‘Stash SJP’: Delivering on the Packaging Concept

By Jon Dinapoli, Creative Director | December 5, 2016

From start to finish, this new fragrance tells an intriguing story.

I have had the great fortune of working with Sarah Jessica Parker for over a decade as the creative director on her fragrance brands. Lovely, which is now in its 10th year, was our first project together. The development of Lovely—from the packaging to the visuals to the scent—was extremely collaborative and creative. Lovely had a very specific point of view and unique characteristics for the time. Fast forward 10 years and we have taken the same developmental approach to Stash, just with very different codes.

The idea of Stash was created in SJP’s mind many years ago, however, it wasn’t ready to come out until now. Consistent with all fragrance brands she’s launched, this project started with the fragrance itself. She had dabbled quietly over the years on developing and experimenting with it, so when it came time to actually work with IFF, she knew exactly what she wanted.

Simultaneously, the name Stash SJP came to life. The fragrance was SJ’s secret “stash” for all this time and now she was ready to share it with the world.

And so the packaging and design began. With the fragrance and name complete, I had a tremendous amount of inspiration to design. We were inspired by something authentic, mysterious, secretive, apothecary or old fashioned—hand made. We knew it would be a dark cognac color. I looked back and researched perfumes and oils from decades ago and was intrigued by the rawness and simplicity of the packaging, but still focusing on handcrafted details and craftsmanship.

We loved the idea that it was packaged right from the lab in the glass and materials they had there. It’s the moment she was in the lab finalizing the scent and grabbed the vial, poured the juice in, corked the top, ripped a piece of tape and feverishly signed—Stash SJP! That’s it. This is how the packaging concept was born. Once we agreed on this concept (which by the way is not far from how it really happened), I had the challenge of transitioning it into something that was qualitative, desirable and produce-able.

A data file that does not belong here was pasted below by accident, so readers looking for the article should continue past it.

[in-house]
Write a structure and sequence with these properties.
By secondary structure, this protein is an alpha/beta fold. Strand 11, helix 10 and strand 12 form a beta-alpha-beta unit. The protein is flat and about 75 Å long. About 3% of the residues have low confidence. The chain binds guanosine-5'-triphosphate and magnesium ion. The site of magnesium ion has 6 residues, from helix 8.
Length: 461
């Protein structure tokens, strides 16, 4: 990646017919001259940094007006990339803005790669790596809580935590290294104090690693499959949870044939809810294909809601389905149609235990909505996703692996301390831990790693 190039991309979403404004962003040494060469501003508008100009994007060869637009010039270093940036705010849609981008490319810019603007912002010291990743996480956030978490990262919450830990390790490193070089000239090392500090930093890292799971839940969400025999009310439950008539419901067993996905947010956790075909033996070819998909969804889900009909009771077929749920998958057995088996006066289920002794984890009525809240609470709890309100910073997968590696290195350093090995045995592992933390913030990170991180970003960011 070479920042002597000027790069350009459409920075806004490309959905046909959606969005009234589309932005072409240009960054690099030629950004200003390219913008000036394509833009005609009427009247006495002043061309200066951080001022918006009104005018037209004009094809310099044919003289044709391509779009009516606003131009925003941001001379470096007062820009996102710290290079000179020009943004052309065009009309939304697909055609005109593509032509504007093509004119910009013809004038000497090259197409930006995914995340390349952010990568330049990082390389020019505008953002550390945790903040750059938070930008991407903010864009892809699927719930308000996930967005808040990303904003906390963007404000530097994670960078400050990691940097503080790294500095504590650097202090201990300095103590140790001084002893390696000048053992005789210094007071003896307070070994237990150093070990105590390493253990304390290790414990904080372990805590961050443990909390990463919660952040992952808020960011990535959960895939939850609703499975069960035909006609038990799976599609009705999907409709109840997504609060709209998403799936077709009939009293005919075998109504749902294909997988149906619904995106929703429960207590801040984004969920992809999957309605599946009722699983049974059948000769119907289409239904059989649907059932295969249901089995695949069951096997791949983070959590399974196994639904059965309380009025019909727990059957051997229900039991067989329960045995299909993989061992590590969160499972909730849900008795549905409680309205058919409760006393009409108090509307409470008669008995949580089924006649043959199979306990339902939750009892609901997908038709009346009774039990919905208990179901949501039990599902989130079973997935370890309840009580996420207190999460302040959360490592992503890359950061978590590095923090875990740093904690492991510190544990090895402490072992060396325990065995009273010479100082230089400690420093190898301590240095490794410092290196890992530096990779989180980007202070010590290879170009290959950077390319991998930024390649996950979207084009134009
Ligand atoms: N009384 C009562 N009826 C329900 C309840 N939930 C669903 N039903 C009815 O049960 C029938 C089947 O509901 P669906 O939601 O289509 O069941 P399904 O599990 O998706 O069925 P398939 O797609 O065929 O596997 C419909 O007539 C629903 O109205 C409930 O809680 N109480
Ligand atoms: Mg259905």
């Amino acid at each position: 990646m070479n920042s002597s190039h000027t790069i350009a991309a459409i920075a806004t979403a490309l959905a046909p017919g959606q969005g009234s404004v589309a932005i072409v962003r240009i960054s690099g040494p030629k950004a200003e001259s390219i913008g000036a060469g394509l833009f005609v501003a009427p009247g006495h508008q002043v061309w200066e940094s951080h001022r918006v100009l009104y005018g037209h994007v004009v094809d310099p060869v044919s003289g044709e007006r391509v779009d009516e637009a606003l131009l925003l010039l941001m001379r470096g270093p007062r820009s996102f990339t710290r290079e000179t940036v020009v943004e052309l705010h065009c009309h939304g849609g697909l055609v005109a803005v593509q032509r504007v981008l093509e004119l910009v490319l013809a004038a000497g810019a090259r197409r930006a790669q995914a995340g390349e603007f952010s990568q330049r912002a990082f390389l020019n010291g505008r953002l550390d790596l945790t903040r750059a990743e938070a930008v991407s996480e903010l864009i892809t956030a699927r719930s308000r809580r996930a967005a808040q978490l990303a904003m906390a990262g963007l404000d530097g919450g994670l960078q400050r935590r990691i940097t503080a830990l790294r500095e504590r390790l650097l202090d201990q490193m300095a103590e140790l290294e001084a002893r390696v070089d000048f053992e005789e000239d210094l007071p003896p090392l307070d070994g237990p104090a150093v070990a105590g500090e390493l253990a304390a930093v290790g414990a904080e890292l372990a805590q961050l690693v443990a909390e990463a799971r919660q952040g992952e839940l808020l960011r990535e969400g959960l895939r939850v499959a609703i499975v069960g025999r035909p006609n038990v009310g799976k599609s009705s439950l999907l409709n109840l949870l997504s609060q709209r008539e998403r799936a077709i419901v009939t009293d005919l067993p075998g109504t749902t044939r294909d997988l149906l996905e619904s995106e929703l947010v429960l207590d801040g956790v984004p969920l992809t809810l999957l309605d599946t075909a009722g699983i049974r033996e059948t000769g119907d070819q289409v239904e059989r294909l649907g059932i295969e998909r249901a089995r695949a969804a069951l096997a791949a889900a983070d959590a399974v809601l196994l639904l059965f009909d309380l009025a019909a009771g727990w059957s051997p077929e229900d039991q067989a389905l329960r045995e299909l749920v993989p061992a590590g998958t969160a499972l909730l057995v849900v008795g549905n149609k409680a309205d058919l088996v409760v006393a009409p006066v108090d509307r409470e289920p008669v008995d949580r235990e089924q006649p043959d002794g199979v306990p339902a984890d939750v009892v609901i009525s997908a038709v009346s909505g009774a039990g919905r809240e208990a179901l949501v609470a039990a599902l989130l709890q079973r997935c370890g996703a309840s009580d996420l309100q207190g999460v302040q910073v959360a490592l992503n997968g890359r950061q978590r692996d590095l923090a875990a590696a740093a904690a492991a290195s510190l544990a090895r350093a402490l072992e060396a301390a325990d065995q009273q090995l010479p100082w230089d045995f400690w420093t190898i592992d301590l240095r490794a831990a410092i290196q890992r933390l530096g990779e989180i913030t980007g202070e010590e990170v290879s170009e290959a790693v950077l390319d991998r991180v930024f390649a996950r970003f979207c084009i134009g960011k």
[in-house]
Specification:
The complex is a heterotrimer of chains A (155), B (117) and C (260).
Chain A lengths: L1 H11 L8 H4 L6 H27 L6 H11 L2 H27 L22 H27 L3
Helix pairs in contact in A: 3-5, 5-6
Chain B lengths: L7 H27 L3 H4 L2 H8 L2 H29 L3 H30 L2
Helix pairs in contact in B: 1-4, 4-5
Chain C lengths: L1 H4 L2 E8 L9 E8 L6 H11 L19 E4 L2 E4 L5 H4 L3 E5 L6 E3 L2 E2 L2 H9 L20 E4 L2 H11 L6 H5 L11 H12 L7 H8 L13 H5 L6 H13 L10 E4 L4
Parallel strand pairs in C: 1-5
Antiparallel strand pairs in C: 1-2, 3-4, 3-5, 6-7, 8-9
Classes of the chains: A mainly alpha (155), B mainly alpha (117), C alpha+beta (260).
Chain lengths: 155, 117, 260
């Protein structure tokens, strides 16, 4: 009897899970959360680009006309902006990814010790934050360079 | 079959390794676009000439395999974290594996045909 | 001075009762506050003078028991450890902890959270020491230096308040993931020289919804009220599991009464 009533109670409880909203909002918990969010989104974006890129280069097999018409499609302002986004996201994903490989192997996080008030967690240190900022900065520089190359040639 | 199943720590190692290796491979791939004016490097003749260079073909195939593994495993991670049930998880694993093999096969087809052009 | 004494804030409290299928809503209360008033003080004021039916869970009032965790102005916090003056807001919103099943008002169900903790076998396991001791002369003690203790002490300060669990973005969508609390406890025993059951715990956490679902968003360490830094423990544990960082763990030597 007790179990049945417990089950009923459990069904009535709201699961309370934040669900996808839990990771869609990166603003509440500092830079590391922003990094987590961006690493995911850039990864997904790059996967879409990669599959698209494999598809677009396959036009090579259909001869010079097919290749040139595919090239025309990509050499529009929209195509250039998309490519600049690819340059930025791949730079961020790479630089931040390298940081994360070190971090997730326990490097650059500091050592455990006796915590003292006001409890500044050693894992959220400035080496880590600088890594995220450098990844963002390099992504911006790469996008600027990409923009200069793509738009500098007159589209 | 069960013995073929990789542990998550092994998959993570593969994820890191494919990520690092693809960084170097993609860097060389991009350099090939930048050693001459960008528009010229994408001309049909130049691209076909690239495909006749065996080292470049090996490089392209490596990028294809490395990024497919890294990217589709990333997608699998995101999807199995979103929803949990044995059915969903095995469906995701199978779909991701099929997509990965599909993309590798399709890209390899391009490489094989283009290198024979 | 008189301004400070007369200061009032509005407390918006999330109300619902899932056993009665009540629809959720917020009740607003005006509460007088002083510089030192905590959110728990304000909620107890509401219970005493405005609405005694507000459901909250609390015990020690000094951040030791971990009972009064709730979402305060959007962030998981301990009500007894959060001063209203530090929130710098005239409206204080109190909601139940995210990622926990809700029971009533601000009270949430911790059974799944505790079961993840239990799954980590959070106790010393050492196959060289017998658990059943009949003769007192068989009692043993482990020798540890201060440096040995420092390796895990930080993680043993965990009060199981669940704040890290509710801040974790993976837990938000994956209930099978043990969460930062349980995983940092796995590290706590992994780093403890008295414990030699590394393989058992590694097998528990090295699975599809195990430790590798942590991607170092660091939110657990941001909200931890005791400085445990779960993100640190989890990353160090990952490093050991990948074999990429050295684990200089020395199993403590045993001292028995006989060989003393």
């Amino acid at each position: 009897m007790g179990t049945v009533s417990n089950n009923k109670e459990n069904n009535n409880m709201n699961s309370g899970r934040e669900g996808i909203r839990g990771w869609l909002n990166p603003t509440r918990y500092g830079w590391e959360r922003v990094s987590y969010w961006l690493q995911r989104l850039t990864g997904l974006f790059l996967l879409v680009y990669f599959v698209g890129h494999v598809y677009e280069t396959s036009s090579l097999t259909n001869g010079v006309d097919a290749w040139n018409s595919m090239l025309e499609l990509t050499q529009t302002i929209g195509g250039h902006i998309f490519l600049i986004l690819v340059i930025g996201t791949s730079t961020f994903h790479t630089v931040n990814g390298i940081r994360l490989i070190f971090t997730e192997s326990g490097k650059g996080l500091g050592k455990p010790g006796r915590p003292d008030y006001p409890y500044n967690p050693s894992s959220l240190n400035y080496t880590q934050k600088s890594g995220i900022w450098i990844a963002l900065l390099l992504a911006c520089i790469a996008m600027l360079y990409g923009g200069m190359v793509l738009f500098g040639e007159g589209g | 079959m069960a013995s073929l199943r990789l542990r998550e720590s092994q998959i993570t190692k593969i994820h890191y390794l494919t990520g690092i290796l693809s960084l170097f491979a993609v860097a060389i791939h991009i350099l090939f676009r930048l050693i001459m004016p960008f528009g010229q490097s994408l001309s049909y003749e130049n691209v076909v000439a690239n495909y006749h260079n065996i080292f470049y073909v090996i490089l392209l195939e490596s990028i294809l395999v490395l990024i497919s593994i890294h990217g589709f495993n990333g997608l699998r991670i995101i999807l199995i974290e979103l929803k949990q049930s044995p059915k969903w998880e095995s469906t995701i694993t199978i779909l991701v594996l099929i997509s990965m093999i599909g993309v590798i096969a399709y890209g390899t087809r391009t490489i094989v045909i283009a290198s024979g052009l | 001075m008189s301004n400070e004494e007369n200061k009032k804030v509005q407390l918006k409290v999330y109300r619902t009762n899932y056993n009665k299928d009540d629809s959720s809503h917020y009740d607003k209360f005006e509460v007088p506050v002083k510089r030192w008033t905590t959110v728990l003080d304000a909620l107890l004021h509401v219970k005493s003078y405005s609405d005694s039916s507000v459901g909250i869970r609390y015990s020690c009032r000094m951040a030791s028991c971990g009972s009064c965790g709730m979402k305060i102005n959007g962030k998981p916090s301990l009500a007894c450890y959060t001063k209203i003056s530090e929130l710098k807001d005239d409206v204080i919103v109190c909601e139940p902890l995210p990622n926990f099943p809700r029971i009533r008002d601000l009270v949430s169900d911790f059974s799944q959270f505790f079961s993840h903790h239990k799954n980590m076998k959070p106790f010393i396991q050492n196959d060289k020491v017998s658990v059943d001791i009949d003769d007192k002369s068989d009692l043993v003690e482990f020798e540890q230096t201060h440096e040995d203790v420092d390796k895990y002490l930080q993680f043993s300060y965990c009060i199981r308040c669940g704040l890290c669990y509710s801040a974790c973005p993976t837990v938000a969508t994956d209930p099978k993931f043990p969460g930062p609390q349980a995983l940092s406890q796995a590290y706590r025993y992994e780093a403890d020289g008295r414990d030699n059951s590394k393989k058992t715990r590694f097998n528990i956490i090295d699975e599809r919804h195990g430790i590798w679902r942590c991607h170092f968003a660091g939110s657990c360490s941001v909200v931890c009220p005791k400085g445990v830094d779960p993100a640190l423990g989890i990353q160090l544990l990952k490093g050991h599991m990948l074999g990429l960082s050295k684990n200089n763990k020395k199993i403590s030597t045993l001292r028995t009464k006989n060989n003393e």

I started with the glass. We were very much into this laboratory/vial style glass, but were highly conscious of the price point and making sure the consumer got the value she (or he) deserved. By staying with a simple cylindrical shape, I added a heavyweight curved shape to the heel of the glass. This qualitative detail sharply contrasted the simple shape of the outside perfectly. Making the comp was the easy part; it had a perfect “smile” and it was consistent from comp to comp. As we all know, blowing glass is much less perfect. I pushed and pushed to get the shape and depth of the heel just as we envisioned it. It was a very hard task to complete, but I am very happy with what we were able to produce.

The cap was inspired by the shape and function of an old fashioned cork. We actually explored using a real cork material, but it didn’t feel upscale enough. So instead we modeled the matte black cap shape from a cork stopper. Adding the hand tied matte cord and signature gold SJP emblem around the gold collar completed the look. The combination of these materials feels authentic—slightly vintage yet understated.

My favorite part of the package, and the most challenging, is the textured black tape. In development we hand ripped gaffer’s tape for every piece. We all fell in love with the uniqueness and rawness of every bottle. It was literally like she ripped each one and individually signed them. We tried dozens of methods to replicate this in mass production and keep the authentic look. Well, that didn’t work—so in the end, each piece for all production is hand ripped and hand applied, just as SJ and I did for the comps.

The bottle comes in a standard folding carton which has a glossy black background with the tape replicated by matte finishing and embossing texture. To add the “Stashlike” nature of the brand, I thought it was important to also have a pouch to hold the bottle.

Bengaline is a material that is used consistently through her fashion brand, so I chose a black bengaline with gold cord and gold logo.

From the initial brainstorm session to the on-counter date was a remarkable 12-month period. This is by far the fastest new launch I have ever developed. I met with SJ probably twice a month (sometimes more) on every aspect of design and production. This was the only way we could have perfected every detail so seamlessly and efficiently.

In Sarah Jessica’s own words, “One of the hardest secrets I’ve ever been asked to keep. A scent we’ve spent years perfecting. Passed among a select few like a verboten substance. Offered up only in secret but no longer.”


Jon Dinapoli is the creative director of Sarah Jessica Parker Fragrances and co-founder/creative director of Walsh House, a branding and creative agency focused on the luxury goods sector. A creative director, designer and leader with more than 16 years of experience in the beauty and fashion industry, Dinapoli previously held the position of VP of Creative at Coty. There he designed and launched many fragrance and cosmetic brands, including Calvin Klein, Marc Jacobs, Balenciaga, Vera Wang, Jennifer Lopez, Sarah Jessica Parker, Gwen Stefani and Madonna.  He oversees overall brand development, package design, advertising, graphic design, in-store, photography, retouching, promotions and more. 

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